This update includes data showing improvement in stiffness, continued healing of fractures, and maintenance of efficacy with longer-term use of Crysvita in adult patients.
XLH is characterized by high levels of the hormone fibroblast growth factor 23 (FGF23), resulting in low blood levels of phosphate due to its abnormal processing in the kidneys, and soft, weak bones (or rickets).
In children, rickets is associated with bone deformity, delayed growth, and reduced height. Adults with XLH have a greater risk of fractures.
Crysvita, developed and marketed by Ultragenyx Pharmaceutical and Kyowa Kirin, is an antibody that binds to and blocks the activity of FGF23, thereby increasing phosphate reabsorption from the kidney and boosting vitamin D production. It was first approved in the U.S. in April 2018 for the treatment of XLH patients 1 year and older.
The decision to update the label was based on clinical data indicating Crysvita’s superiority to conventional therapy (oral phosphate and active vitamin D) in pediatric patients with XLH.
A 64-week, randomized Phase 3 study (NCT02915705) compared the therapies in 61 children from 1 to 12 years old. Crysvita was given via under-the-skin injection (subcutaneous) at a 0.8 mg/kg starting dose, administered every two weeks up to week 140 (which covered an extension period).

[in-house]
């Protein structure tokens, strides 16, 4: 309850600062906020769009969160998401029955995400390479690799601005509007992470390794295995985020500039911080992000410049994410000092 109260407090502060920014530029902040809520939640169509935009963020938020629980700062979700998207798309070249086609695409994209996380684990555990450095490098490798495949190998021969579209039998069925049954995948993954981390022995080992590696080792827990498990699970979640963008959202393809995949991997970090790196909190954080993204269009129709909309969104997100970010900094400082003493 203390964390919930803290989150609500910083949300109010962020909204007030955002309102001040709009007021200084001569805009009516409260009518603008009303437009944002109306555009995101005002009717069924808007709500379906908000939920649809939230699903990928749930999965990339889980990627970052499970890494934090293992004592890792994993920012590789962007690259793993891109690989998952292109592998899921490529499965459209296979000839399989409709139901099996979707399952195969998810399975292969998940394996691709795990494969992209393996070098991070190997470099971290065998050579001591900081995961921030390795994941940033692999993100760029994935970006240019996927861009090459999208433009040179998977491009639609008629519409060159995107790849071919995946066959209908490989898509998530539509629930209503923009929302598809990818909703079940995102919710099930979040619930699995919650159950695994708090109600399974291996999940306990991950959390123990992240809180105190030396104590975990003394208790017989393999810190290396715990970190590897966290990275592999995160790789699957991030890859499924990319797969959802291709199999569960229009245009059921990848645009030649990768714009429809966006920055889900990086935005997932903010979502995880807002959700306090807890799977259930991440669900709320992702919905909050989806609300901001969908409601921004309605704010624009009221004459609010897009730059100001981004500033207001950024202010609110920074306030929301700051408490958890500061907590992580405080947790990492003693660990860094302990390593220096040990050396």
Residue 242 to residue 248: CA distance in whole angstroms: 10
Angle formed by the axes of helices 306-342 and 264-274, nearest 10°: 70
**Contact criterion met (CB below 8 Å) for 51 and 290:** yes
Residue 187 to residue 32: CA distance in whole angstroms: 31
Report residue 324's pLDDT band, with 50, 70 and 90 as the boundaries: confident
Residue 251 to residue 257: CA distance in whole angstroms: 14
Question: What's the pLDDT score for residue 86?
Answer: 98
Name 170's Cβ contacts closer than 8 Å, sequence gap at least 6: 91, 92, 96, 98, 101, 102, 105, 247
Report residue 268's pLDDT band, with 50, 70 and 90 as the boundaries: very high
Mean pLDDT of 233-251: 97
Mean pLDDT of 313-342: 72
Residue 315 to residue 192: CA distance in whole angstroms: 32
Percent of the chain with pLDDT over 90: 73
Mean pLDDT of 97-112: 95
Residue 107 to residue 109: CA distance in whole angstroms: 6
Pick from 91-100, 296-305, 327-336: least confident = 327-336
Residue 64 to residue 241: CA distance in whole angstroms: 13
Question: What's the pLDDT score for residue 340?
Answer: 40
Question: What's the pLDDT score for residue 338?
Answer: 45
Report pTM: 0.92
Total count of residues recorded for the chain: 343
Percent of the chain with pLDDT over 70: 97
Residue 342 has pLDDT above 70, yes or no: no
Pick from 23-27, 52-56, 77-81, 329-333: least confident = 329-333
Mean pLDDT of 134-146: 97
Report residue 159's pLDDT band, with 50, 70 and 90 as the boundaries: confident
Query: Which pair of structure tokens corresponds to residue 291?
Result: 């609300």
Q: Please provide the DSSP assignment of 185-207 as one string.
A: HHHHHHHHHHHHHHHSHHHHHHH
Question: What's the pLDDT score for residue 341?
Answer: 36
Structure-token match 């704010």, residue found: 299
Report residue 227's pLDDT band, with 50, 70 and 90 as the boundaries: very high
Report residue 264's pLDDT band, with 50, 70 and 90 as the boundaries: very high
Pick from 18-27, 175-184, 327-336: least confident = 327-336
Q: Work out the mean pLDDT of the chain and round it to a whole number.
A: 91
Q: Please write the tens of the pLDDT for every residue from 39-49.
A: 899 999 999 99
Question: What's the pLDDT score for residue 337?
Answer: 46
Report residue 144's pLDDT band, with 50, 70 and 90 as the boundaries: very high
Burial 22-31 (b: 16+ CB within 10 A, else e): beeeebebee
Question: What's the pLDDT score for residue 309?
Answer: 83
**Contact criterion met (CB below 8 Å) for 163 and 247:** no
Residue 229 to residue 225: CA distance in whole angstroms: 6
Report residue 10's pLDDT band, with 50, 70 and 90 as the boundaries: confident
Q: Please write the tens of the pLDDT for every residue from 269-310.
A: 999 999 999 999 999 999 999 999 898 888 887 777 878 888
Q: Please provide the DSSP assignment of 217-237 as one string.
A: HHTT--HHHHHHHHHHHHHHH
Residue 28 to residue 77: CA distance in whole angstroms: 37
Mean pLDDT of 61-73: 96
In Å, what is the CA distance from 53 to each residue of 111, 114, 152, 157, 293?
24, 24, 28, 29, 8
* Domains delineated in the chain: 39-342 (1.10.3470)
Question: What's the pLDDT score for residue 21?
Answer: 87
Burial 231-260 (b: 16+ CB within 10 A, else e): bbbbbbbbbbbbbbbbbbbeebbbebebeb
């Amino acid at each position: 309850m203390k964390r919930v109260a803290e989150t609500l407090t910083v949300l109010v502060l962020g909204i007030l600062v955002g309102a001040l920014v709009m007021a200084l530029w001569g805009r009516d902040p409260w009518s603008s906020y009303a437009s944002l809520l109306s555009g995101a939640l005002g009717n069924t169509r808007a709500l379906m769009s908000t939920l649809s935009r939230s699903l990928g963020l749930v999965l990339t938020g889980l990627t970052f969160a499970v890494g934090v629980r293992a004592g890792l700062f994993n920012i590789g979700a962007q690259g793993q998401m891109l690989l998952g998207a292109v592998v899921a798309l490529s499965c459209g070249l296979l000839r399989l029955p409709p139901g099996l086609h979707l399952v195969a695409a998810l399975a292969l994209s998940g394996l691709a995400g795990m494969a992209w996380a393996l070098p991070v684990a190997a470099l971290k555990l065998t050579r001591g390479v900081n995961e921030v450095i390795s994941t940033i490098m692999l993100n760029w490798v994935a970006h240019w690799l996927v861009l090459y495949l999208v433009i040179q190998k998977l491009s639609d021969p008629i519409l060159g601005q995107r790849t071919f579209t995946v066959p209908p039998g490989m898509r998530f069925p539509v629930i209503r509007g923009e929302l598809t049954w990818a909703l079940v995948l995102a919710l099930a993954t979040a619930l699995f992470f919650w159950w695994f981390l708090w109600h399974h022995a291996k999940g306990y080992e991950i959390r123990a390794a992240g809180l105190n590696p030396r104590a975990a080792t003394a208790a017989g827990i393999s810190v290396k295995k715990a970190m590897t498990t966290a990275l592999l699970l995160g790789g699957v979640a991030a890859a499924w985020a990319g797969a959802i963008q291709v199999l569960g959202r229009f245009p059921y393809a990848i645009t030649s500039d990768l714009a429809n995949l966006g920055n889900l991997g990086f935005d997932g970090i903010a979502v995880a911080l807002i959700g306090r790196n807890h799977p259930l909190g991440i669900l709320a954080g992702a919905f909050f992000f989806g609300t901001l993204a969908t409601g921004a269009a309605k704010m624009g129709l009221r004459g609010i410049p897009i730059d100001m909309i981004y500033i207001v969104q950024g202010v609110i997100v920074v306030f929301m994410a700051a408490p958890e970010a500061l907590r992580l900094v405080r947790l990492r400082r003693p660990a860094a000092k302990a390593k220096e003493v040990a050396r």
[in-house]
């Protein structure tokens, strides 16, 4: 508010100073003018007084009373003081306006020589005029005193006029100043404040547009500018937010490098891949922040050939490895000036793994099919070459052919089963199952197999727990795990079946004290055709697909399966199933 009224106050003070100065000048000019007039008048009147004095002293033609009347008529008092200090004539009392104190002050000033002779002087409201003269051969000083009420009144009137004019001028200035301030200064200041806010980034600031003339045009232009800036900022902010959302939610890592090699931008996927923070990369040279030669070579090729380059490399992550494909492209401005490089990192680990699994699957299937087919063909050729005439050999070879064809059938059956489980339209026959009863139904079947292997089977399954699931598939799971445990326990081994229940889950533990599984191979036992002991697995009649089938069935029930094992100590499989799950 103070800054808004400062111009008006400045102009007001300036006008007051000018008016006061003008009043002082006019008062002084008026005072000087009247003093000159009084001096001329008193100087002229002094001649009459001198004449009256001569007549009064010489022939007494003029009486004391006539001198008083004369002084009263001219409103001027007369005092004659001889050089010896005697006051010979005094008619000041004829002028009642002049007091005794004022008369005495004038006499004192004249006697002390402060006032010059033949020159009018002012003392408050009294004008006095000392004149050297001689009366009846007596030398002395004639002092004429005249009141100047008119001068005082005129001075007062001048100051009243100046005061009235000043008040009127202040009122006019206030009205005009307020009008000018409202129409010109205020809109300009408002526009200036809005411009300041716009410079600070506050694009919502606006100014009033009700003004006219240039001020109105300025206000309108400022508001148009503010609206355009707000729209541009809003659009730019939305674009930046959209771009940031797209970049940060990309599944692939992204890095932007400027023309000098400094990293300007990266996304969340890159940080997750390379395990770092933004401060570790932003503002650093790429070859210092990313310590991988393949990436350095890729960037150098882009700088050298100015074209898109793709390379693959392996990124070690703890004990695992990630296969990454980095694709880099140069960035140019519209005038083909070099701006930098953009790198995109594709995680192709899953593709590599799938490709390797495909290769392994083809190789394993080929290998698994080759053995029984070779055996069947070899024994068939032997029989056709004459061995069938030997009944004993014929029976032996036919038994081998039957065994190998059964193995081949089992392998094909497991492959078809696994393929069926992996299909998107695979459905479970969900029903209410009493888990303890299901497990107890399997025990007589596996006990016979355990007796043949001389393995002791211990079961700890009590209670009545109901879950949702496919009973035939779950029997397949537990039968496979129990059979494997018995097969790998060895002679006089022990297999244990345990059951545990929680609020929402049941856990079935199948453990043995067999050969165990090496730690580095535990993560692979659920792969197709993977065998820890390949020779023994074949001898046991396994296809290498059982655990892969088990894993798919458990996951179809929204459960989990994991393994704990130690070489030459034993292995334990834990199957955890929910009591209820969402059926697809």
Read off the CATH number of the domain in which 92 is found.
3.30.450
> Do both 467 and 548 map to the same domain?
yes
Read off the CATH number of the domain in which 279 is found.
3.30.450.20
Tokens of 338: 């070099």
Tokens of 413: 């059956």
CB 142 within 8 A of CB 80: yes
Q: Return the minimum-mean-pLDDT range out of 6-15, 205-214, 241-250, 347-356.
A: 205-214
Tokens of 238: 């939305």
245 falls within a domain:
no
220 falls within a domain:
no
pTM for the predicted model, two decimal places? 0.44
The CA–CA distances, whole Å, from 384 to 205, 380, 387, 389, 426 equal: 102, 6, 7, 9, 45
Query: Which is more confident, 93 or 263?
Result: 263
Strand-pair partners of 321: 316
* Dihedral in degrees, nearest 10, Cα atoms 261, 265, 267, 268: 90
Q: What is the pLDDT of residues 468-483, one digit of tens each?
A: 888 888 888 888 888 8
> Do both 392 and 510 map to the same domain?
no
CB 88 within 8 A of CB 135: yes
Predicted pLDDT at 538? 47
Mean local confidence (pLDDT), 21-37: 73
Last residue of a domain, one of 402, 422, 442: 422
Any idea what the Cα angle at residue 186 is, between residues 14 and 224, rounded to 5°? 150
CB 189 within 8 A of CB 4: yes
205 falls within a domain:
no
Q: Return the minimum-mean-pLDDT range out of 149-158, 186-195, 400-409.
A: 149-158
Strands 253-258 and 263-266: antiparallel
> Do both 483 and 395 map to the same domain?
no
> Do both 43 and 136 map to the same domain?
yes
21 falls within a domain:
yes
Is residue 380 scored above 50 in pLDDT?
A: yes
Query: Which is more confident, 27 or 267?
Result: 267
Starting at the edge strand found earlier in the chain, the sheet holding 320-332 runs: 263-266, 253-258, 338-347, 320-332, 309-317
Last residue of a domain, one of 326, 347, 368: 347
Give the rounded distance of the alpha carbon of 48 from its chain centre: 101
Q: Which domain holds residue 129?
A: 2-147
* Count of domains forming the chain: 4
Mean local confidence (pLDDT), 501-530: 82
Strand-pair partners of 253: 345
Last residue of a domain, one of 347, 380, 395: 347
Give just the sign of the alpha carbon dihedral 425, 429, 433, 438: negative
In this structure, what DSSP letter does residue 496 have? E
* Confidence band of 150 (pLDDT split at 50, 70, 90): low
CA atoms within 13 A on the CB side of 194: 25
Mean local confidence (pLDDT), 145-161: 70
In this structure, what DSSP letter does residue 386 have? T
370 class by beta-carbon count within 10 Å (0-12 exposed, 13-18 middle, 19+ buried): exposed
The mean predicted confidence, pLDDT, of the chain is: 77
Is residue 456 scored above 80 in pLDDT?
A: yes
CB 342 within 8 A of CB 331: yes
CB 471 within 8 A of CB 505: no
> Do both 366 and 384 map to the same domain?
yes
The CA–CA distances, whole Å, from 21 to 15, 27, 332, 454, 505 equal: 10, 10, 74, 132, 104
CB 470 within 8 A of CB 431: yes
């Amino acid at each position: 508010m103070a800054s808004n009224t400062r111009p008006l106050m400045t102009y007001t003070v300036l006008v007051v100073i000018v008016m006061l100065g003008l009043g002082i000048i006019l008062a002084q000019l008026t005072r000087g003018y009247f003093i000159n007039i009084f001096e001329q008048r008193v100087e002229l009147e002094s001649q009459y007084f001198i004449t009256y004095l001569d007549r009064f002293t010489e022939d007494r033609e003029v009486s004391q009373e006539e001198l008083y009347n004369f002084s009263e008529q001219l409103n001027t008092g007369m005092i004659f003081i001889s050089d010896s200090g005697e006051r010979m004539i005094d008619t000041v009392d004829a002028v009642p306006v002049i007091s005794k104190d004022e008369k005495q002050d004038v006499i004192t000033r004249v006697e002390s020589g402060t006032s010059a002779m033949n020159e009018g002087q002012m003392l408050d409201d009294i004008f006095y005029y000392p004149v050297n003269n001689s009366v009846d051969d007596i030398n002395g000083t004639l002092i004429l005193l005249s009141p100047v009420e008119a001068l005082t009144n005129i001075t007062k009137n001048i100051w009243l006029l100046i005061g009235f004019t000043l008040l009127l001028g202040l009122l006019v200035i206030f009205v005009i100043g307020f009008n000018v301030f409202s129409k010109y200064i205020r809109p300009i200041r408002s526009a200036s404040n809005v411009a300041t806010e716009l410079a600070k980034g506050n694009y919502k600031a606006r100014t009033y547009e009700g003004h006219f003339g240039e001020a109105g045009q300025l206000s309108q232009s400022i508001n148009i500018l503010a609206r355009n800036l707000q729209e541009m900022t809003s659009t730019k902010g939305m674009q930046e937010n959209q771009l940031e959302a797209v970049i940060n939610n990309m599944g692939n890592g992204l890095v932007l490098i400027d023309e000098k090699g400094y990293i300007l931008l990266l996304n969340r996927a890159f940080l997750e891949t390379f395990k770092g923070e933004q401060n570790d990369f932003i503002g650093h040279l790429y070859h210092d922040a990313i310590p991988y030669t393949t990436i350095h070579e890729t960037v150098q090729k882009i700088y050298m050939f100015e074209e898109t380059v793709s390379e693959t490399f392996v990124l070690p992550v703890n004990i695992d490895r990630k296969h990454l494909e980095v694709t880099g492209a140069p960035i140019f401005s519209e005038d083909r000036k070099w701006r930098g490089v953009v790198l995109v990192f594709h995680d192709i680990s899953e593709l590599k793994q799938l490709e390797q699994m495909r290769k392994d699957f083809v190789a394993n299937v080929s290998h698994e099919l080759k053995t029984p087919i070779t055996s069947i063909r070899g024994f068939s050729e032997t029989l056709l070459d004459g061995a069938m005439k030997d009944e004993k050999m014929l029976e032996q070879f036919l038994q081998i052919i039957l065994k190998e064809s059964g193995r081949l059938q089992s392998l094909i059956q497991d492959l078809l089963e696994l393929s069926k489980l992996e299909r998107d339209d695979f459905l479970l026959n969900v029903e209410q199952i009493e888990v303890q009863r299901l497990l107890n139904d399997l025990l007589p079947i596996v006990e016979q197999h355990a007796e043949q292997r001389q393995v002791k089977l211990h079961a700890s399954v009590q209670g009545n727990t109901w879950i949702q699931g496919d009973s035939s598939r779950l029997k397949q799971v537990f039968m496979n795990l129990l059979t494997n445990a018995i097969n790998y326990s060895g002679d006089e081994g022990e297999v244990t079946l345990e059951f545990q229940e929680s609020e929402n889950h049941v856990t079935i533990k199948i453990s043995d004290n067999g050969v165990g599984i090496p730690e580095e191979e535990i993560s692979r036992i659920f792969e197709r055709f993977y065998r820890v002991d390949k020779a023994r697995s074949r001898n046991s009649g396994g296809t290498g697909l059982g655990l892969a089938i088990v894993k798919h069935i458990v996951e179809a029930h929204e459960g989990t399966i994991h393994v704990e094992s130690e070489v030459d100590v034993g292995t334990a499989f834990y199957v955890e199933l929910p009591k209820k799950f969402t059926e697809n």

Results showed Crysvita’s superiority across all key primary endpoints, or goals, including significantly lessened severity of rickets and lower limb deformity, as well as improved growth. Safety findings at the end of the study were similar to those observed at 40 weeks and in other pediatric XLH studies, the companies said.
The label update for adults was based on a Phase 3 study (NCT02526160) that evaluated 134 adults with XLH through week 48.
Results indicated that, throughout the study, blood phosphorus levels were maintained at normal levels with no evidence of loss of efficacy in the treatment.
Also, the findings demonstrated continued healing of fractures and pseudofractures (small linear bone cracks) at week 48, as well as an improvement in stiffness at week 24.
The therapy’s safety profile was consistent with what was previously known, with no new adverse events in the extended period.
“We are pleased that the updated Crysvita label includes compelling results from a controlled clinical trial demonstrating that Crysvita is significantly more effective than conventional therapy in normalizing phosphorus levels, reducing rickets and lower leg deformity, and improving growth in children with XLH,” said Camille L. Bedrosian, MD, chief medical officer of Ultragenyx, in a news release.
“Furthermore, longer-term data from a study in adults are included showing important sustained Crysvita efficacy in this life-long disease,” she added.
A Kyowa Kirin-sponsored Phase 3b trial (NCT03920072) is currently recruiting adults with XLH who participated in previous clinical trials of Crysvita to monitor its long-term safety and efficacy. Details of contacts and locations can be found here.
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